IT WAS a swift, and effective blow that struck at the heart of the very belief system and raison d’être of journalists everywhere.
When Donald Trump sent his now infamous Twitter missile late last week (see below) falsely proclaiming the news media as “the enemy of the American People,” he surely knew the reaction he would elicit.
Given that the very mandate and purpose of journalism in a democracy is to serve the public interest – meaning the citizenry, and what impacts them – by seeking truth, making sense of what’s happening in the world, and holding the powerful to account – he surely knew how deep the blow would strike. And usually, when someone picks a fight – particularly with a potentially deadly weapon, as Trump’s words are – the other side engages and fights back.
But Mr. President: the news media are not at war with you, or anyone else.
In a democracy such as Canada or the United States, the news media serve as an important check against totalitarian abuses by those in power.
Or as the former Republican presidential candidate, Sen. John McCain, told NBC’s Meet the Press in an interview that aired Sunday: “We need a free press. We must have it. It’s vital.
“If you want to preserve democracy as we know it, you have to have a free – and many times adversarial – press.”
Because without the news media, he said, everyday citizens would “lose so much of our individual liberties,” as in, the very rights that we in democracies like Canada and the United States hold dear.
“When you look at history,” McCain boldly continued, “the first thing that dictators do is shut down the press. And I’m not saying that President Trump is trying to be a dictator. I’m just saying we need to learn the lessons of history.”
And that caution is important not just for Americans and their newly minted leader, but for citizens of democracies everywhere, as well as members of the international news media.
Media must prove themselves to a skeptical public. How? Stick fast to ethical principles, and call out those whose reporting is irresponsible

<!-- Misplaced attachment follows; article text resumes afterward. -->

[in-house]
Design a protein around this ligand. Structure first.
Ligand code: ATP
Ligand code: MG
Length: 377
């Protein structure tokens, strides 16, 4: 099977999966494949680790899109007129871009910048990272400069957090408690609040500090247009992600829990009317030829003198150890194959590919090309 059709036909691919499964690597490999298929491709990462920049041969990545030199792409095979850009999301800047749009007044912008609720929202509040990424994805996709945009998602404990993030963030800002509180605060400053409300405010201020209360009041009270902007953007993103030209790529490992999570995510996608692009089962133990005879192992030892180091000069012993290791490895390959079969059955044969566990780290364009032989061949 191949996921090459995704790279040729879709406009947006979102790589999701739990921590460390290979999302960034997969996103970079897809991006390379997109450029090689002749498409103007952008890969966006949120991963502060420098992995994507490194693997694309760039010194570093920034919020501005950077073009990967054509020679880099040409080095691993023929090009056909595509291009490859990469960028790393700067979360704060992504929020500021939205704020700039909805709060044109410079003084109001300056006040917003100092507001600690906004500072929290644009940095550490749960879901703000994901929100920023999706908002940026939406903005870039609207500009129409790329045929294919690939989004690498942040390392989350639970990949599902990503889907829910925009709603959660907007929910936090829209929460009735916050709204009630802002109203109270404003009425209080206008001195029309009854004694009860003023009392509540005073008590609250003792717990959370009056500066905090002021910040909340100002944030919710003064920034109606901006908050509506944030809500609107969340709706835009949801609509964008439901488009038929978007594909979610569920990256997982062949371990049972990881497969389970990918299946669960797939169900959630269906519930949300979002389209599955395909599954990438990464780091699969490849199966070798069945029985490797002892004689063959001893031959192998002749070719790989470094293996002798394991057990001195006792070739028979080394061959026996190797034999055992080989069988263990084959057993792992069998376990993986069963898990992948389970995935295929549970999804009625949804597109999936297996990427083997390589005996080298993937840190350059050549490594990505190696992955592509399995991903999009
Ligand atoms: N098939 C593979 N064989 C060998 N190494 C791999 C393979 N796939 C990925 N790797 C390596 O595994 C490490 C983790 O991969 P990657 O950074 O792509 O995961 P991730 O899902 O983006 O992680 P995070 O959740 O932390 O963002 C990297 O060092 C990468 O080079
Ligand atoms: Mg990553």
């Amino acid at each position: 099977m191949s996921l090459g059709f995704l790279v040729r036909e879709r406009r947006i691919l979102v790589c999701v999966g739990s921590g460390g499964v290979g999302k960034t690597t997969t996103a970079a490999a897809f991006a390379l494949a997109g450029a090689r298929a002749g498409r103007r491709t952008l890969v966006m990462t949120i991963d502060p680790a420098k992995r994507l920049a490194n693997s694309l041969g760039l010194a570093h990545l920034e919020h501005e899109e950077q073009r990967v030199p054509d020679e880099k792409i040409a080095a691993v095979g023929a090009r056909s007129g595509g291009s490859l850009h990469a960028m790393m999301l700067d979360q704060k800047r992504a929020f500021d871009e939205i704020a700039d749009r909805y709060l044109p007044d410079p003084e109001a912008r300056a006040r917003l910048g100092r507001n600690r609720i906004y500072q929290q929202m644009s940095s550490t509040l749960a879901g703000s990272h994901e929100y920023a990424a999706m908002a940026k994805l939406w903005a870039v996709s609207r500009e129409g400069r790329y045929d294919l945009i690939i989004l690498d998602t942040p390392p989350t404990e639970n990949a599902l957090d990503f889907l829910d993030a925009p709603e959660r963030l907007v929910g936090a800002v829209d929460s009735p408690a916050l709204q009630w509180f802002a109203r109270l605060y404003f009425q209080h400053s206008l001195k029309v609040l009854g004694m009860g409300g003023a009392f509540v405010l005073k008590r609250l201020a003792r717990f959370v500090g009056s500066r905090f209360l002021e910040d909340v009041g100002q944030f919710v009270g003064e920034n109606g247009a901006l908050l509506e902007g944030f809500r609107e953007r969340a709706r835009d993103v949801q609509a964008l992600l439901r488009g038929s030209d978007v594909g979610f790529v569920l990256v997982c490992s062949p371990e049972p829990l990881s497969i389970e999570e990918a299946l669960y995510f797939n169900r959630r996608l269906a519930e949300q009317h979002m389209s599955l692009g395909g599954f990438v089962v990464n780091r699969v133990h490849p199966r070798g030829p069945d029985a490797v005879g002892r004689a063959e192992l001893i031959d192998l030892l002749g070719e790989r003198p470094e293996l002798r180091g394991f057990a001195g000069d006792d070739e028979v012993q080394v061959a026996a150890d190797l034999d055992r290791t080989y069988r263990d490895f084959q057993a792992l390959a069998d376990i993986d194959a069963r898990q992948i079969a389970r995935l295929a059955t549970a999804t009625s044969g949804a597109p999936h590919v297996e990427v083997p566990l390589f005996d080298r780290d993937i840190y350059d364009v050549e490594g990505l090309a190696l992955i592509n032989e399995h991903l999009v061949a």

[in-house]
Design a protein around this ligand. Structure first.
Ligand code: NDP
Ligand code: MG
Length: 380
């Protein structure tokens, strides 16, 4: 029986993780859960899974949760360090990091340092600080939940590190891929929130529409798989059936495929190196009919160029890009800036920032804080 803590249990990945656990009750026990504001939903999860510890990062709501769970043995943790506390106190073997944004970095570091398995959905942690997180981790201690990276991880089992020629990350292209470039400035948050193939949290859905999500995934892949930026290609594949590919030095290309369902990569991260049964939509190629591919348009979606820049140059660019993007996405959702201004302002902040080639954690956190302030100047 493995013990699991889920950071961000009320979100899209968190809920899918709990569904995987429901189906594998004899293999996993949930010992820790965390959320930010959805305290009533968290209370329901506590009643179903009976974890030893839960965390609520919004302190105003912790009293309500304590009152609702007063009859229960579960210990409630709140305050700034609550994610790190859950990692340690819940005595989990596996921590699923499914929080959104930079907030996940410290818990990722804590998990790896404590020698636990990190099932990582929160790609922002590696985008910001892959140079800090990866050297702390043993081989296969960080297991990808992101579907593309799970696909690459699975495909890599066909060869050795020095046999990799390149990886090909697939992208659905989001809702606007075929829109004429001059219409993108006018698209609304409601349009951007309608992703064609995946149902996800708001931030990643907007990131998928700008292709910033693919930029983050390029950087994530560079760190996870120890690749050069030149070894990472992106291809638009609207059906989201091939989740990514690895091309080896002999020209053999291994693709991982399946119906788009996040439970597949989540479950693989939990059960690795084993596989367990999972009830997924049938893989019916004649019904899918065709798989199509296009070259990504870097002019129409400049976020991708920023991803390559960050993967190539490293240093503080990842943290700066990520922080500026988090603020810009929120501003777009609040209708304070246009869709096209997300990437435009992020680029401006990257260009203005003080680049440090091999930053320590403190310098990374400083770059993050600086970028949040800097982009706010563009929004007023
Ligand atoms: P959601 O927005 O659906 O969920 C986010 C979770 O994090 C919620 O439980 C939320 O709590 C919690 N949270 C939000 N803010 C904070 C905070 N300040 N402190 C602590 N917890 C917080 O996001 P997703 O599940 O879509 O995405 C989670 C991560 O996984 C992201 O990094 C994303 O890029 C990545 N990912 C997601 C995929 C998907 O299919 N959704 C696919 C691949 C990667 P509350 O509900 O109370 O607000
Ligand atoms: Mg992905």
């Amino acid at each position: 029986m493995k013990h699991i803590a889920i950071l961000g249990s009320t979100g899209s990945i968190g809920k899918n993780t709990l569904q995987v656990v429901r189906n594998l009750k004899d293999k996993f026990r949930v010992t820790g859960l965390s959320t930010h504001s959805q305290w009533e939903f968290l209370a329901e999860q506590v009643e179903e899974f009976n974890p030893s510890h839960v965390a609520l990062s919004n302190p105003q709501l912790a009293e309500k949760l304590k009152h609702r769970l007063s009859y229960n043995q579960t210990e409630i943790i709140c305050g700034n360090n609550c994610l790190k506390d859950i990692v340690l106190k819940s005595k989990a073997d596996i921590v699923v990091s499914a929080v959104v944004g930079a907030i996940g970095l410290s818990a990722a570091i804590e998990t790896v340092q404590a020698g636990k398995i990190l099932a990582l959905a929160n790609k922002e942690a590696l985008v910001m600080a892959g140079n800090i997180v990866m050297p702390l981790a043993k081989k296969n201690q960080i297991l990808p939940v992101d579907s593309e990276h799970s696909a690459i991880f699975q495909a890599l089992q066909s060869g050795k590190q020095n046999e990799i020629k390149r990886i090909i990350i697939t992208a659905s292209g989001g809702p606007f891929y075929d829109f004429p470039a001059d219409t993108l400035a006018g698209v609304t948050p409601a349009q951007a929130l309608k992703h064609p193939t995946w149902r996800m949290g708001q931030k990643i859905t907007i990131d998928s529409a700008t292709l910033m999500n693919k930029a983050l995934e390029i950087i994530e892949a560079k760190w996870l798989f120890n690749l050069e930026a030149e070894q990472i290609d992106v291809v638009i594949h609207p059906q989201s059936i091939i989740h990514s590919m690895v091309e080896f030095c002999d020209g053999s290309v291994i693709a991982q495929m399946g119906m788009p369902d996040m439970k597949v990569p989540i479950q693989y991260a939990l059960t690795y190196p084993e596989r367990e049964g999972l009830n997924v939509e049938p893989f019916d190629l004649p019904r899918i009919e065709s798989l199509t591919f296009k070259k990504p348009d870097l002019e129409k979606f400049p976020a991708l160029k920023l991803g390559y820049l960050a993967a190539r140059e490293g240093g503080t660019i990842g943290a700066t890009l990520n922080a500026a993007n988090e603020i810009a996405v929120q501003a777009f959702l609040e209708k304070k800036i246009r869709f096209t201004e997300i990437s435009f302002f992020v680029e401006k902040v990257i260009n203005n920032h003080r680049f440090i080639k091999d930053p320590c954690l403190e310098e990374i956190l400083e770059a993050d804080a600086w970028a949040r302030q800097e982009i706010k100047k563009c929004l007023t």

At a time when technology has so rapidly changed much of the way journalists work and get news to the public, it’s perhaps more important than ever for the legitimate news media to step back and uphold traditional principles of ethical, responsible journalism practice. At a time when literally anyone with a computer can “publish” their views via the Internet and call it “news” – whether that information is truthful or fabricated – it’s also vital that those who are practicing ethical, responsible journalism call out those from their ranks who are being reckless, irresponsible or mean-spirited in their reporting.
In Canada, our key journalistic ideals as set forth in the Canadian Association of Journalists’ Principles for Ethical Journalism include striving for accuracy and fairness, acting with independence and transparency, keeping promises, respecting diversity, and being accountable. And though ethics and law can often conflict, the Supreme Court of Canada embraced many of these same principles when it established in 2009 what’s known as the “responsible communication defence,” which in essence, allows skilled journalists to sometimes be wrong if they are reporting in the public interest, and can prove they acted diligently and responsibly in their quest for the truth – similar to how the law treats doctors who are accused of negligence.